The implementation of what has been touted as the boldest tax reform since independence, the Goods and Services Tax (GST), has not been all that smooth. The GST regime has been facing many bumps, such as inadequate collections compared to the target set out initially, non-compliance by stakeholders and frequent changes in slabs leading to a revenue shortfall. According to recent reports, the government will take a ‘pause’ in further rate cuts. This has come even when the shortfall each month between the target and actual collection has begun narrowing since the beginning of fiscal 2019.
Remember, the GST Council recently lowered rates on close to 100 products including smaller TVs, refrigerators and washing machines, sanitary napkins and handicraft products. Since the GST regime was first implemented in July last year, rates on 384 products have been reduced but not a single product has seen any rate hike. Lowering rates obviously reduces overall GST collections, at least in the short term.
A Facebook post by Arun Jaitley, who oversaw the implementation of the GST regime, points out how a large number of items, which were earlier in the highest 28% slab, have been gradually brought to lower tax slabs. Jaitley said the 28% tax slab is being phased out as the bulk of the remaining items in this category are only “luxury items or sin goods.” Other items outside the luxury–sin goods category are cement, air-conditioners, large screen televisions and a handful of others. “Hopefully, with further expansion of revenues, these few items may also witness a change of category,” he said.
Revenue expansion under GST is happening albeit slowly. However, unnamed government officials were quoted as saying that a “worrying” shortfall in collections has pushed the government to pause further rate cuts. As per data presented last month, provisional collections in the first quarter of this fiscal under GST stood at Rs 2.92 lakh crore against a monthly target of Rs 1-1.2 lakh crore. That works out to a shortfall of close to Rs 40,000 crore in three months or close to Rs 13,000 crore each month.
Between August 2017 and March this year, the total collections stood at Rs 7,19,078 crore or an average of Rs 89,885 crore. It is obvious that though the shortfall continues, it has been narrowing.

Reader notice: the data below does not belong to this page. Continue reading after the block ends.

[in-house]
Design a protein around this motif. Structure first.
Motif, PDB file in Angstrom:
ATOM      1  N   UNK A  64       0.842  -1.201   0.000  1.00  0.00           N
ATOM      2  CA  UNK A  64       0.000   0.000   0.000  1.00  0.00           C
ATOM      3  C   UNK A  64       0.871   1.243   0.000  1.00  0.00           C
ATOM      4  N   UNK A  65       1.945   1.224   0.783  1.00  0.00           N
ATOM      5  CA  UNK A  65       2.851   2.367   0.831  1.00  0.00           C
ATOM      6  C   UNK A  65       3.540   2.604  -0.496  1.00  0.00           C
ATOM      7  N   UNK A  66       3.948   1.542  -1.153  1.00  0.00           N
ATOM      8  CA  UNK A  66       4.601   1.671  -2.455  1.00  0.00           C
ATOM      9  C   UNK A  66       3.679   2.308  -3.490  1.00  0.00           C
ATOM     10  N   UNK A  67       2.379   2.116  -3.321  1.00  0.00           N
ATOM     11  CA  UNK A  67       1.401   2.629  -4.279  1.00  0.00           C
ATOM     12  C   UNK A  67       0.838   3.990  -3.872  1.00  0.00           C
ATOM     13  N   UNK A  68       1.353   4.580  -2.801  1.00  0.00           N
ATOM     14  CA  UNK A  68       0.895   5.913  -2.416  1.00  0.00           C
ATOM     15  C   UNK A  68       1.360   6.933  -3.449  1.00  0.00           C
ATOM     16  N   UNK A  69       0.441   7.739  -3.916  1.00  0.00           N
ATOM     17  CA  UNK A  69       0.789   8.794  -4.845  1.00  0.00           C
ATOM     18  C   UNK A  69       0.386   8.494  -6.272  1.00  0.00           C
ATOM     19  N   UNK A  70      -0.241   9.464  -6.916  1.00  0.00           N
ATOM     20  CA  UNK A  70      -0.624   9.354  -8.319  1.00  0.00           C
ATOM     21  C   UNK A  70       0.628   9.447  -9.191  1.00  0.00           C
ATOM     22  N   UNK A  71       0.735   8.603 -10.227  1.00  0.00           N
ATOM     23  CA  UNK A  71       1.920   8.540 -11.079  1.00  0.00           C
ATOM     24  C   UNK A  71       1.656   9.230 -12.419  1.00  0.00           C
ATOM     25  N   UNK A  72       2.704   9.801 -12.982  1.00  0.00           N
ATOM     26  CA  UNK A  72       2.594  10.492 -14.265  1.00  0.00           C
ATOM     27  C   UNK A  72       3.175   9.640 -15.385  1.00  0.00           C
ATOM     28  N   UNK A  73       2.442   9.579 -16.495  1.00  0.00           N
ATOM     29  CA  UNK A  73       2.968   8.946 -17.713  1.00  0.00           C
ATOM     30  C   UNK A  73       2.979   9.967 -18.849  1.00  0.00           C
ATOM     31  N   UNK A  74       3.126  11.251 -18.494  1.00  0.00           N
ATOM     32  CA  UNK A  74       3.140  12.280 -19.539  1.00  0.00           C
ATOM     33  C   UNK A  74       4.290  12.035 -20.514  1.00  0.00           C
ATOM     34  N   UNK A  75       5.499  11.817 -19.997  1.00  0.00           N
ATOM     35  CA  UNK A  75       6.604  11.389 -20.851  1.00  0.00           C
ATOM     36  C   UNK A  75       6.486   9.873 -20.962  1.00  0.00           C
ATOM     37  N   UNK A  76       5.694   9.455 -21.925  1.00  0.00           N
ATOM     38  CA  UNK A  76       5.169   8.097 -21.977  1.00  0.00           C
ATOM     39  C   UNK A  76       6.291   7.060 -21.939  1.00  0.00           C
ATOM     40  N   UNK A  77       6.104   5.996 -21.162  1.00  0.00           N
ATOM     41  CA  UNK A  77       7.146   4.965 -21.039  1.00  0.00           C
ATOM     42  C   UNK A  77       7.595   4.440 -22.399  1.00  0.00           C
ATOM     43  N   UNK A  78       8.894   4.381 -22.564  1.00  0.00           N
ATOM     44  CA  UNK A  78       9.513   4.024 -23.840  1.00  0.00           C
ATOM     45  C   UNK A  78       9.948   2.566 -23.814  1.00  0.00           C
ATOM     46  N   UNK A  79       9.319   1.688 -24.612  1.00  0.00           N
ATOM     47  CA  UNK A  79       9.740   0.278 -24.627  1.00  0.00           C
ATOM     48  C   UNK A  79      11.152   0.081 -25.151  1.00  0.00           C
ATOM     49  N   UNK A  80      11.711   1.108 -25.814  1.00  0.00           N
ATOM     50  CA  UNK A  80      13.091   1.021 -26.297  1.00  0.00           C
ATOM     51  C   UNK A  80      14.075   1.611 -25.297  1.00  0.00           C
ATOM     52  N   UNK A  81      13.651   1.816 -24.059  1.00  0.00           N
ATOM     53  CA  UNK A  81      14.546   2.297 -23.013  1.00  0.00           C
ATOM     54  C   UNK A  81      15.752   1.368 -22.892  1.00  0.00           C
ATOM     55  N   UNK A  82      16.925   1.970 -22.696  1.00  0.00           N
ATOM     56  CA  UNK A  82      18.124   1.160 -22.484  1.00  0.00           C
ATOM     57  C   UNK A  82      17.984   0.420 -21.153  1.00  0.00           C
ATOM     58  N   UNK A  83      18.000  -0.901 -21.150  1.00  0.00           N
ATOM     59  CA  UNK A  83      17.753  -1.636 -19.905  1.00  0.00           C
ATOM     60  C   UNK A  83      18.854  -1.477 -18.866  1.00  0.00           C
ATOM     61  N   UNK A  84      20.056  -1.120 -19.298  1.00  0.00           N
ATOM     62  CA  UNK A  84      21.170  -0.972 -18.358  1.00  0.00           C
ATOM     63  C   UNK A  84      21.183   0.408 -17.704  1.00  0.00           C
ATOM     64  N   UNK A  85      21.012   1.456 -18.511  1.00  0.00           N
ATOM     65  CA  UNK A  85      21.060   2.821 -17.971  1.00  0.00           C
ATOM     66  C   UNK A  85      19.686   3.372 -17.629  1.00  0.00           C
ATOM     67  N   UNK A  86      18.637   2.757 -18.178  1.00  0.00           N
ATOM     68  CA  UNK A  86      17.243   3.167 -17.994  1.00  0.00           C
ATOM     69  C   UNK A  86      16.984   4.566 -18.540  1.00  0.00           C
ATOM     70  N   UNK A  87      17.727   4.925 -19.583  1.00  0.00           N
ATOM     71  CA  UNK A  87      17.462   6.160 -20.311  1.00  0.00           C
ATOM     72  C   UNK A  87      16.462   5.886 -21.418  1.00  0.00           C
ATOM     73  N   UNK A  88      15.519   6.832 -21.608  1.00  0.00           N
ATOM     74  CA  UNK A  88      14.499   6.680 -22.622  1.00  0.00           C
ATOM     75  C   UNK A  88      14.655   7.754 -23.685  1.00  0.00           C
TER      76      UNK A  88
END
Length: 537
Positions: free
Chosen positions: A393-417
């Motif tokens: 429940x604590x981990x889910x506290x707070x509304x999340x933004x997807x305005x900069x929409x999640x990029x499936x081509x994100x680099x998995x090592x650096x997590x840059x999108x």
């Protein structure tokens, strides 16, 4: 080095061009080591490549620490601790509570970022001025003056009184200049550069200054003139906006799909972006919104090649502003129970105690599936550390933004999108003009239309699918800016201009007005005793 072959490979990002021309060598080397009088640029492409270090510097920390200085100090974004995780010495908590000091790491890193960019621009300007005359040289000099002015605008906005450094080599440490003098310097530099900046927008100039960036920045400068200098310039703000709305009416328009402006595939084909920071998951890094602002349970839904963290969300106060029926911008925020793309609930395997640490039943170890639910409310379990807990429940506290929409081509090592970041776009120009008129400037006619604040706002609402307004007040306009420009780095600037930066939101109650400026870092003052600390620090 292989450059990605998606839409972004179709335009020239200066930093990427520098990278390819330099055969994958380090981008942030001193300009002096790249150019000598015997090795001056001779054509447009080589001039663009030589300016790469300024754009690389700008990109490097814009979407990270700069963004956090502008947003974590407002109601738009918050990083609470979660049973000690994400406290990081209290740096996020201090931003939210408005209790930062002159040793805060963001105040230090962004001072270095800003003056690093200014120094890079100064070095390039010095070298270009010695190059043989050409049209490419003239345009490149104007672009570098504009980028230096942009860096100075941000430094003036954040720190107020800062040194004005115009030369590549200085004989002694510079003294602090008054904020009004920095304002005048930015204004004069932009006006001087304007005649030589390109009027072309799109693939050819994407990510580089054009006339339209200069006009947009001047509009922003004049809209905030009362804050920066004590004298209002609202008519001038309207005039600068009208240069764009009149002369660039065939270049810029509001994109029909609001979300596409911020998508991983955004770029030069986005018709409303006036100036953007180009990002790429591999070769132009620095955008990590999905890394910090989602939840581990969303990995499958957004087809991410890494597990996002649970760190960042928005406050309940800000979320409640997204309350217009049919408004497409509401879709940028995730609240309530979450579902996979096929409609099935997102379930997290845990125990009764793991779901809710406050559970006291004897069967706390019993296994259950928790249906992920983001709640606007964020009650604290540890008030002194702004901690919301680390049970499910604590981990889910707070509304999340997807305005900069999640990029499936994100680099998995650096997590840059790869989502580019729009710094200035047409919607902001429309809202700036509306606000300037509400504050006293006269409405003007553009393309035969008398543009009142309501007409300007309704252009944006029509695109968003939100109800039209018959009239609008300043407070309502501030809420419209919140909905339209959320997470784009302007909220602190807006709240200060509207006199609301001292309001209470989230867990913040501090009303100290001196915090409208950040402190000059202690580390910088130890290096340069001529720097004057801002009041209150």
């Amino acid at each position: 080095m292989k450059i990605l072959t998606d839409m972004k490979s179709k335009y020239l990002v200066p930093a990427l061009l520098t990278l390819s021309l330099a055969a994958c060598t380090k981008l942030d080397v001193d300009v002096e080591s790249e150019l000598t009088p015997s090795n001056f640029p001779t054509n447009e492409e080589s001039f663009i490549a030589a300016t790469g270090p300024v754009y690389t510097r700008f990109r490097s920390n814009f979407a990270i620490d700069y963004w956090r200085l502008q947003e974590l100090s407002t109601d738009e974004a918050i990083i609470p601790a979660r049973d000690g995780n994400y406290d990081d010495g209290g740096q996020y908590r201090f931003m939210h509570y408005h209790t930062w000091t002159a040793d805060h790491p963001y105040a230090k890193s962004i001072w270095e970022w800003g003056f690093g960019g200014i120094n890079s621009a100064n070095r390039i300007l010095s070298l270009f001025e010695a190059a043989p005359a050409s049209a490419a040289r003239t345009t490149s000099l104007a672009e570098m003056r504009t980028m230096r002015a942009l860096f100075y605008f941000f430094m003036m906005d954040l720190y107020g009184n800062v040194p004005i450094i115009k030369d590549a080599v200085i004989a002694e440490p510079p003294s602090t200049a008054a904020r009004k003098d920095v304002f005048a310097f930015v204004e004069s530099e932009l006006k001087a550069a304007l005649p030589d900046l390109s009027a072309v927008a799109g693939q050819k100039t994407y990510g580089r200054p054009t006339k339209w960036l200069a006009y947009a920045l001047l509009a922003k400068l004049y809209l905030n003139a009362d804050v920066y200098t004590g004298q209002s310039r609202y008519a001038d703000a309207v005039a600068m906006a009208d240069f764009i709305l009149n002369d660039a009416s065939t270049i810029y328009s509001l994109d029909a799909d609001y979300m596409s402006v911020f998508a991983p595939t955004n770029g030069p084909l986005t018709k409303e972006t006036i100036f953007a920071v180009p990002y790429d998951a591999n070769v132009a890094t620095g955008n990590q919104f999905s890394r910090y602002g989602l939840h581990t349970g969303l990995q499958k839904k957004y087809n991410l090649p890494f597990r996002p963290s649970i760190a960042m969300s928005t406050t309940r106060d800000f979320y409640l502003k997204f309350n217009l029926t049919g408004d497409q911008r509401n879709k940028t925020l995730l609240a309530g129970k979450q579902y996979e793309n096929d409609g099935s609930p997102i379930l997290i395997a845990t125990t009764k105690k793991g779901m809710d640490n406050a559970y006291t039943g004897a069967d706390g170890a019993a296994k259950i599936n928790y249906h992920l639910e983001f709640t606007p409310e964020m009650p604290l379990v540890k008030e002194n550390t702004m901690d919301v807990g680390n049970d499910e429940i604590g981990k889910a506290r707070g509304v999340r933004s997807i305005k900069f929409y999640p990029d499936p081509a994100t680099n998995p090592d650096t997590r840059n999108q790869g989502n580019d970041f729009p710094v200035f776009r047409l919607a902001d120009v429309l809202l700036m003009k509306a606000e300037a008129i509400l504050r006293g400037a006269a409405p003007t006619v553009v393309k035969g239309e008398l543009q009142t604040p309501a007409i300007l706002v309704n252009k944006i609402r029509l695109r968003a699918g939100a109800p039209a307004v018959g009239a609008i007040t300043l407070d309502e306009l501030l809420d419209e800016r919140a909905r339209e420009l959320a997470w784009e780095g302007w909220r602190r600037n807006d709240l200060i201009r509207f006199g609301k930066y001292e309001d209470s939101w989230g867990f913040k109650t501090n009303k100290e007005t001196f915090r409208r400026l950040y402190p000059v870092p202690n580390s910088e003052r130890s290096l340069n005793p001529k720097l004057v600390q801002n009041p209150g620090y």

Sachin Menon, partner and national head (Indirect Tax) at KPMG told DNA Money that last month GST collections stood at Rs 96,000 crore, short of the monthly target by just Rs 4000 crore. “As compliance improves, such minor deficiencies will disappear”. Menon also said that it made sense to “wait and watch the trend before the next rate cut”.
So why do GST collections continue to fall short of the target?
Non-compliance could one reason. This reply in Lok Sabha as on June 30 this year shows that 1,205 cases of GST evasion were reported by central tax authorities across the country and the total amount detected was Rs 3,026.55 crore.
Besides, as Jaitley says in his post, tariff rationalisation depends on the expansion of the revenue base. “In the pre-GST regime, India had a complicated, inefficient, multiple indirect tax system where each assessee could be levied up to 17 different taxes. The GST consolidated them to one tax. Since the passing of GST Constitutional Amendment Bill, there have been twenty-eight meetings of the GST Council which have reviewed the GST tariffs on a continuous basis. Obviously, the tariff rationalisation depends on the expansion of the revenue base. The first one year has witnessed an encouraging trend in this direction.”
Abhishek Jain, tax partner at EY, says “A gradual uptick in GST revenue collections this year has encouraged the government to further rationalise the GST rates. Hope this leads to buoyancy in the economy and the GST revenue collections remain robust”.
The net revenue loss to the government on account of the reduction of tax on goods and services has been about Rs 70,000 crore till now, Jaitley goes on to say. And since state governments have been guaranteed a 14% increase over their pre-GST revenues for the first five years, this burden has entirely been borne by the Centre. So, is it any wonder that the Centre is now seeking a pause in a further reduction in GST rates?
Remember, wider the gap between the target and actual collections under GST, the more difficult it will become for the Centre to remain committed to its fiscal deficit target of 3.3% of GDP for this fiscal. As per this reply in Lok Sabha, the budgeted target for fiscal deficit stands at Rs 624,276 crore for 2018-19. As on May 30, fiscal deficit stood at Rs 345,493 crore, which works out to 55% or more than half the target for the entire year in just two months of the fiscal.